My favorite Martin … Short, that is

Jul 16, 2001  •  Post A Comment

I forget which glossy national magazine it was, which is merciful of me, but one of them a few years ago put humdrum actor Matthew McConaughey on its cover and hailed him as “the man who’s come to save the movies” or some such drivel.
McConaughey never saved even one movie in the intervening months. In several of them he was downright stinko. But this is what happens. “A lumpen hunk like McConaughey gets all this spurious attention and meanwhile a Jedi Master like Martin Short is socko or boffo in everything he does-saving a million movies with cameo appearances (catch him, unbilled, in `The Big Picture’ on cable some time, to name one example of dozens), brightening immeasurably whatever size screen he’s commandeered at the moment -and as a reward, he gets taken for granted. Oh, the humanity!”
Bring on the awards
Many if not most of the nation’s TV critics and print reporters covering television are assembled now in Pasadena, Calif. (or have the networks moved them to Barstow by this time?), and one of the things they’ll be doing is their annual voting of awards for the best this and that in TV.
If they have a life achievement award, and they still refuse to give it to me (forgetting, apparently, how proud it would make Mom), might I be so bold as to humbly suggest they give it to Marty Short? That is, they let Marty Short have it?
If not, maybe they could give him a best-this-or-that award for his brilliant new series on Comedy Central, “Primetime Glick.” On this painfully hilarious romp (Wednesdays at 10:30 p.m. ET), the man of one thousand and one faces impersonates his latest creation, Jiminy Glick-who is not quite the cross between Jiminy Crickett and Sammy Glick he may sound like.
Jiminy is a stunningly recognizable type: a Hollywood hobnobber, show-biz elbow-rubber and shamelessly self-serving sycophant. He’s a parasitic little birdie that rides around on the hippo of show business, or maybe a swollen and engorged tick.
The celebrity interviews he conducts-in a wildly modulated basso/soprano voice-are remarkable for their nonsensical non sequiturs, smarmy innuendoes and flat-out definitive fatuity. They’re masterpieces of inanity.
Short goes extra miles by encasing himself in layers of foam latex and a huge blubbery prosthetic chin to make Jiminy gigantic. You might think this would impair his marvelous physicality, the nutty nimbleness he exhibits in another Short character, the ultimate innocent Ed Grimley. No, the padding doesn’t impede Short at all. Indeed he is always breaking up his guests as he tries to find a comfortable position in his chair, sort of like a fat dog making circles before deciding on just the perfect position for a nap.
With “Primetime Glick,” Short is biting a hand that refused to feed him. He’s savaging the TV Talk Show, especially the celebrity-oriented kind, after having attempted a syndicated one of his own last season. If it had worked, he would have been fixed for life, the way Rosie O’Donnell is now that her show has been top-ranked for a good long time.
O’Donnell told me in an interview back when she started that once the show had run five years or so, she would retire from TV and use her accrued fortune to raise her adopted kiddies. But what’s this-I read in a trade paper that Rosie’s now contemplating a gig hosting a revival of that moronic game show “Let’s Make a Deal.”
Rosie, how could you?! You’re going to stand there jabbering with contestants who’ve come dressed as cheeses or Jesus? So much for Ro-Ro’s high standards.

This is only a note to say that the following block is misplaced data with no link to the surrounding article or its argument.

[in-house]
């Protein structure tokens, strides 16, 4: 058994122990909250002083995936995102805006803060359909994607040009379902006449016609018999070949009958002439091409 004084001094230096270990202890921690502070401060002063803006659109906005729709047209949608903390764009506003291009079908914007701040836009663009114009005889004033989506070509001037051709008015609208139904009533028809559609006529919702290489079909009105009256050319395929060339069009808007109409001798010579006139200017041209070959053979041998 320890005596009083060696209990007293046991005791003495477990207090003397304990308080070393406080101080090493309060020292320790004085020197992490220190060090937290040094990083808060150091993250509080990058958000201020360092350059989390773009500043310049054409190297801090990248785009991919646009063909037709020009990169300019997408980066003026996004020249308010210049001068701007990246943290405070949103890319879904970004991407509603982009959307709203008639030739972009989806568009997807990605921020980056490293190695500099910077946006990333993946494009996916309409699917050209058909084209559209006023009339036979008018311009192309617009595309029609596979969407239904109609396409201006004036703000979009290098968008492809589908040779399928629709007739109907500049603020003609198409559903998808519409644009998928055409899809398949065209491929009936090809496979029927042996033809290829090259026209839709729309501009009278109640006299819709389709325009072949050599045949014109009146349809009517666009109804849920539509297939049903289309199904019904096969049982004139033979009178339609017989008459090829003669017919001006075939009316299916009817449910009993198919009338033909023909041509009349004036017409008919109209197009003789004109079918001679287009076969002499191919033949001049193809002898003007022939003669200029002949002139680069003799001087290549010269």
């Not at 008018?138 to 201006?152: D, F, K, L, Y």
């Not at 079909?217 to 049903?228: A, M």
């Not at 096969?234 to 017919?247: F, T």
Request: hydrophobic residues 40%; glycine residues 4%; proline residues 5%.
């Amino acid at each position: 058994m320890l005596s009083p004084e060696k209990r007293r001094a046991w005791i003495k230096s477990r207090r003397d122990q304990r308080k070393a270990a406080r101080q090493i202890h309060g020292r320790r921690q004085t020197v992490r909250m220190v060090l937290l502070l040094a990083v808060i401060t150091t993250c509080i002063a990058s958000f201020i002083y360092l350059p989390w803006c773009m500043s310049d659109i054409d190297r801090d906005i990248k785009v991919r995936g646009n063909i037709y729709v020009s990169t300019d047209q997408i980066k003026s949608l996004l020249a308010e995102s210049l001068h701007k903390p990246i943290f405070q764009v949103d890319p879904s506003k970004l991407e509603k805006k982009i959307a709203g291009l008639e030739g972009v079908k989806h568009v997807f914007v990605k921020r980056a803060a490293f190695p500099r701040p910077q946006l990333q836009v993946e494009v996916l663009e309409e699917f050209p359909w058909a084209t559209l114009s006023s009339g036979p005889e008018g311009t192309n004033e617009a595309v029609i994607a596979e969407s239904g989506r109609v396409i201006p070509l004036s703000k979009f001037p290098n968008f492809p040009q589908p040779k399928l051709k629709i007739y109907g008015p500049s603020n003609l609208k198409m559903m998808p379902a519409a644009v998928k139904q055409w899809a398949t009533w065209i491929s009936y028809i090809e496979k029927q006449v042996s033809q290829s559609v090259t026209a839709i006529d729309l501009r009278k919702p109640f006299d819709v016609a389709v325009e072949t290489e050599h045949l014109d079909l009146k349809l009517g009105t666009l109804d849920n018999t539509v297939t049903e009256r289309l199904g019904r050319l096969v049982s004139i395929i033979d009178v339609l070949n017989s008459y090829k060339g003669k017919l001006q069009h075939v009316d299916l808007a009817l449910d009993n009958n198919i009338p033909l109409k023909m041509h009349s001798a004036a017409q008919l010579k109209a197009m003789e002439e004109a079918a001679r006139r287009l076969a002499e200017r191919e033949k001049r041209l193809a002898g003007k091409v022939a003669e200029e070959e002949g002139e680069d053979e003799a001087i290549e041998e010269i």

“Primetime Glick” savages the fawning interview as practiced on “Entertainment Tonight” (where the interviewers now imagine they’re David Letterman and feebly attempt to joke around with their subjects) or as perfected by the unctuously oily James Lipton on Bravo’s “Inside the Actors Studio.” But Glick will perversely interrupt himself mid-fawn to slide in a petty zinger, something clearly inspired by an item he gleaned from the National Enquirer or People magazine. He’s not malicious, really, just an idiot.
Much of “Glick” is obviously ad-libbed. The parodied interviews of such stars as Steve Martin and Jerry Seinfeld sometimes have more substance than a “real” interview would. Short as Glick breaks up guests like Janeane Garofalo by running off on insane tangents-in Garofalo’s case that she’s the same age Marilyn Monroe was when she died. This led Garofalo to speculations about the role of the “Texas School Book Suppository” in Monroe’s mysterious death.
The Shales connection
Liz Smith got a gander of Glick’s Moby Dickly chin and wondered in her column whether Glick was modeled after me. The nerve of that woman! But then she added that Glick was a fool whereas Shales might not be. Frequently Glick’s monologue includes a meaningless tirade against Liz Smith, whom he always says he’s mad at but whom everybody loves.
Living legend Bernie Brillstein, who co-produces the show with Short, assures me Short did not base Glick’s look on me but even if he did, it would be more honor than insult. Oh and for good measure, each “Glick” fix includes an appearance by Short dressed up as an old bag of an actress, a crazed caricature of Bette Davis talking about her multitude of illnesses and grievances. The sterling supporting cast includes the great Andrea Martin (a Short cohort in the golden days of “SCTV”), Michael McKean and Jan Hooks.
“Primetime Glick” is the biggest little half-hour in television, bursting with ideas and bubbling over with Short. As Glick can barely be contained by his chair, so the Short show bursts at its seams, or so it seems, or so its seams seem.
His talent is enormous, stupendous, colossal! He’s a one-man three-ring circus, a great national comic resource. So yeah, there ought to be an award. A big heavy shiny award. Something to say, “Thank you, Marty Short, for making this a better planet on which to live.”